Right before the October 7 attacks by Hamas on Israel followed by Israel’s declaration of war against the Palestinians resulting in a death toll of 10,5000+, Saudi Arabia and Israel were steering towards the establishment of ties despite their conflict of views over the Palestine issue.
Saudi Crown Prince Mohammad bin Salman (MbS) reportedly asked the US for “security guarantees and access to civilian nuclear technology and advanced weapons in exchange for a deal.”
Moreover, Saudi diplomats asserted that Israel must concur with the establishment of a Palestinian state as defined in the 2002 Saudi Peace Initiative. And while this particular demand was rejected by Israeli Prime Minister Benjamin Netanyahu and Jewish ministers in his government, a deal was almost at hand between the two countries.
However, after October 7, people in support of Palestine across the world, particularly the Muslim world, have demanded from Saudi Arabia to take a stand against the atrocities committed by Israel on Palestinian soil — to use their power to put an end to the attacks.
However, their concerns seem to have fallen on deaf ears.
The Saudi Minister of Investment, Khalid bin Abdulaziz al-Falih, has remarked that the Kingdom is still willing to consider normalising relations with Israel, depending on a peaceful solution to the Palestinian issue.
During a discussion session at the Bloomberg New Economy Forum held in Singapore, Falih responded to a question in regard to normalisation of ties between the two countries: “This matter was on the table, and it is still on the table, and it is clear that the recent withdrawal (from the talks) explains why Saudi Arabia is so determined to make a solution to the Palestinian conflict part of broader normalisation in [West Asia].”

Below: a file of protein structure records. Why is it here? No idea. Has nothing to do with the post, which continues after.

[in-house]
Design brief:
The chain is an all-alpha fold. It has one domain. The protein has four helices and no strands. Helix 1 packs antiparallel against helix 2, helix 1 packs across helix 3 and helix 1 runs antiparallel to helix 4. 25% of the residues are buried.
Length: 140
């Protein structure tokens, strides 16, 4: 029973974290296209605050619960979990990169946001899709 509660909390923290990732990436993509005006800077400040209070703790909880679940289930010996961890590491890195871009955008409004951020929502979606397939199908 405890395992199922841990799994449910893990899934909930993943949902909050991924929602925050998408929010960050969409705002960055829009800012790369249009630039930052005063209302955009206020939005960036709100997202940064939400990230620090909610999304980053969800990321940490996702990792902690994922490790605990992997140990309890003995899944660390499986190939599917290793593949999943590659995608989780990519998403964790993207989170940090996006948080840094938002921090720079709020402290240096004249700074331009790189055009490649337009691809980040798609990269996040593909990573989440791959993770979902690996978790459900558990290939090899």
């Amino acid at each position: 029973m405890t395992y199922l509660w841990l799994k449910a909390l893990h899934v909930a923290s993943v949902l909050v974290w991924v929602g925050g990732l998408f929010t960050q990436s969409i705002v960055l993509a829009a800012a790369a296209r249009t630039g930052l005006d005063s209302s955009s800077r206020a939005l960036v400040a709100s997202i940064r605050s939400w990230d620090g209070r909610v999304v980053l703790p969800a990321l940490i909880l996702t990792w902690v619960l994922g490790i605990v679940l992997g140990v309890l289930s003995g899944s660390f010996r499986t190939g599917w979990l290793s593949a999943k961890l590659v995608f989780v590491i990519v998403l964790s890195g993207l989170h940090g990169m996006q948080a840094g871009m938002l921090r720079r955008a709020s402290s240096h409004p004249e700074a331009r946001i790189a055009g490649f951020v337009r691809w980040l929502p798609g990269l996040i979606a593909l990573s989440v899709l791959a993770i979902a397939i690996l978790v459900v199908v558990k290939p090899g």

When asked if Saudi Arabia would use economic devices like oil to push for a ceasefire in the Gaza Strip, he reportedly laughed and replied: “This is not on the table today. Saudi Arabia is trying to achieve peace through talks that seek peace.”
Falih also offered details of the three summits that Saudi Arabia is expected to host in the coming days which will be attended by Arab, African and Islamic countries, an effort to promote a “peaceful solution to the Israeli-Palestinian conflict”.
In 1973, Saudi Arabia imposed an oil embargo on the United States and other countries for their support of Israel in the Yom Kippur War against Egypt and Syria.
Saudi Arabia is again reassuring its allies that it will not use oil as a weapon to achieve ceasefire in Gaza and wants to normalise with Israel.— Ismailoğlu (@IsmailogluF) November 9, 2023
Here’s a reminder about 🇸🇦 using oil as a threat in 2018 when punitive measures were considered over the death of Jamal Khashoggi!… pic.twitter.com/aNyNDTYrCJ